Yes, my wife, an English major, reads my stories. She doesn’t critique my work that much anymore because I don’t like to hear the truth. I walk away when she makes suggestions, but truth be told, I listen intently and take in her observations. It is an interesting dynamic.
When you’re not writing, what do you like to do?
In my younger days I used to be an athlete. I was a member of Canada’s national water polo team in the late 60’s and competed in the Pan-American Games at the time. I still do athletic, manly things like race kayaks and try to compete with my past, but more and more, I enjoy sculling on the water, hiking the mountains in B.C. and down in the California desert.
These days, in the early days of October we go out and hunt down the elusive, culinary mushrooms. Earlier I mentioned the influence of people and mentors on my life and my writing. Sport has also been a great influence. Coaches have been great inspirations to me that are lasting a lifetime.
If you could invite any other writer to dinner who would ask?
I very much enjoyed Woody Allen’s Midnight in Paris. What a hoot. I don’t think I would go as far back as the Golden Age but I would love to sit down with some of the writers like Hemingway, Dos Passos, Steinbeck, Morley Callaghan. I would definitely buy their dinner and make sure it lasted a long time.
Some authors have said that their parents were supportive of their efforts when young, and some have said they had to sneak around and hide. What was the case with you?
For whatever reason my family was very interesting. We immigrated from eastern Europe. My stepfather was well educated with a Master’s in Engineering but started off literally digging ditches. My mother also worked. My grandmother came over a few years later and ran the household. I don’t think anybody had any time for the kids.
Once school finished, my brother and I were sent off to camp in the Laurentians for the entire summer months. We came back a couple of days before school started. My parents had their own life to live and on hindsight it made the boys quite independent.
In high school after swim practice I went straight to the library and read whatever I could. There were no questions asked when I got home at 9 pm. I left home when I was 18 or so, and made my way. No regrets, it was the way it was.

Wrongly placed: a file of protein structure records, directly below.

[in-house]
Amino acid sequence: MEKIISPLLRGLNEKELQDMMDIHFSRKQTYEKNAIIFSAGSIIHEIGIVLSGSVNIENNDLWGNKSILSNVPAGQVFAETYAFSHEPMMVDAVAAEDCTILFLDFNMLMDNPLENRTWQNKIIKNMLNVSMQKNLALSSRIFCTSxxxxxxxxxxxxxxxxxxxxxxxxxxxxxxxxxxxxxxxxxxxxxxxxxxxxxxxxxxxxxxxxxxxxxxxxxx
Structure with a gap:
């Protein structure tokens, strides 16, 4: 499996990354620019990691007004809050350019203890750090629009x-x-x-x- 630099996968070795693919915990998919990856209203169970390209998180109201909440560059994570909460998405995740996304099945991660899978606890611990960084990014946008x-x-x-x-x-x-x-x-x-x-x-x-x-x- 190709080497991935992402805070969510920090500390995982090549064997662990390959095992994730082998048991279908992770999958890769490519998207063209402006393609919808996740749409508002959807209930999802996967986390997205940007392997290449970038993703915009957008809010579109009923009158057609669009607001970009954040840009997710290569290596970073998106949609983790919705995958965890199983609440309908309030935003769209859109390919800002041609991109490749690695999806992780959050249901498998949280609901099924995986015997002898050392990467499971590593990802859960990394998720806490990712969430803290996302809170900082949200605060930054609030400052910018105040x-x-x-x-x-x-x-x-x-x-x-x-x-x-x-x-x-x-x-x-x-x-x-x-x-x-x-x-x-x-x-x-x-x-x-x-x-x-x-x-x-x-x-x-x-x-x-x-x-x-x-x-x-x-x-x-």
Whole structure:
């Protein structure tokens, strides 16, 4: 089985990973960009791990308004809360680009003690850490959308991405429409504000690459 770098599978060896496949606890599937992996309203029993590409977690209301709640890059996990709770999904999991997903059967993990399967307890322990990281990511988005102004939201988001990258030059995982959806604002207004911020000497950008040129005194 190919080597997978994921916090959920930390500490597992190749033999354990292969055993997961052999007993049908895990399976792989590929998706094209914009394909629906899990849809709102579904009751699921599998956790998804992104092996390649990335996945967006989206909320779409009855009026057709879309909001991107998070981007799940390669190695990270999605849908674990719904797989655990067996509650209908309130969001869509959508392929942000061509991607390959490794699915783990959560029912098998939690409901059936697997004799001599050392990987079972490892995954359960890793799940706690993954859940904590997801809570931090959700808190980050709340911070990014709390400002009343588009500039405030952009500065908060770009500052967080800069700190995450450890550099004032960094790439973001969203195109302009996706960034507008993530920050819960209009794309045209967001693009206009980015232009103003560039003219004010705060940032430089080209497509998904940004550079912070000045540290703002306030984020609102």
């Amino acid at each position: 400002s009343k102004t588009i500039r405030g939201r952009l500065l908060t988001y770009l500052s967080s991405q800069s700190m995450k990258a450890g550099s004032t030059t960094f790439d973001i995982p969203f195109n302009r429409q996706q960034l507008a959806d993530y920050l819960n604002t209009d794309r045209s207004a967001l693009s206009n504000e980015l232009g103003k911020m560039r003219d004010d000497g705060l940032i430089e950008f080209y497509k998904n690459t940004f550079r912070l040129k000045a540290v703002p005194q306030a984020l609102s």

Where do you live, if you don’t mind saying? Is there any place else you’d like to live, either in reality or in your imagination?
I am one of the luckiest people in the world. I live in a house on the ocean with a dock and a boat. I get up in the morning and the scene is different every day. We see seals playing in front, birds of all kinds, glassy seas or big winter waves. We’ve been in this house for over 25 years.
When I travel and see things I miss this piece of the world. I don’t want to live anywhere else. When other people go for a run or a bike ride I launch my scull and row to the left or right depending on the tide, and I come back with it.
In the summer, early in the morning around 4 or 5 a.m., the water is flat and the air is warm. Occasionally a seal follows me when I row. Once I hit a seal and we both jumped and I almost tipped the boat. What a life. Just so lucky.
How did you come in contact with Bewildering Stories? Is there anything we do particularly well? Of course there’s always room for improvement: is there anything in particular you’d like to see added or changed?
Bewildering Stories is a great magazine. The editors are so helpful and supportive of writers. I enjoy the NASA pictures, the various departments and reading other people’s poetry and stories. I can’t imagine how much work it takes to publish an edition on a weekly basis.
Is there anything else you’d like to add?
Yes. I answered the above questions truthfully. At my age of 67, I am indeed lucky. But as you can imagine life was not always a piece of cake. Having left home at 18 and trying to survive in Montreal wasn’t easy. It was cold and miserable and I was as poor as a church mouse. Going through school I would work one year and go to school the following one. Or, I would have to work a couple of years and finish my education whenever I could.
Fishing brought me a purpose. But I borrowed money for my first boat and I couldn’t catch a fish for the first few years and couldn’t make payments. Eventually I did well and bought bigger boats and hired crew. The difference then was that I had to go out and fish when it blew a hundred or when the sea was as flat as piss on a plate. There was no choice.
When I ran the fishing company I took over when it was tens of millions of dollars in debt and I had to let 25% of the work force go. I had to tell people aged 55 or 60 we didn’t need them anymore. Sorry. We had to cut to save the company and make it grow. In a small town it wasn’t easy.
I started the feed business years later and for years couldn’t make a profit. Many nights were spent crying and wondering what the hell I was doing. It was difficult to make the payroll and calls from the bankers would bring cold sweat rolling down my back. Our house was our collateral.
So now I write stories. Don, you asked how a CEO businessman could write stories about working people and make it seem so authentic. I guess the suffering and the scary part of life brings out an emotion that one never forgets. I’m answering these questions and as I do they bring back memories that I try to suppress because life wasn’t that great during the formative years of growing up or creating a business. Now I sit back and say I’m lucky; and it’s true, but it wasn’t easy. I think that’s where the stories come from.
Copyright © 2012 by Mike Florian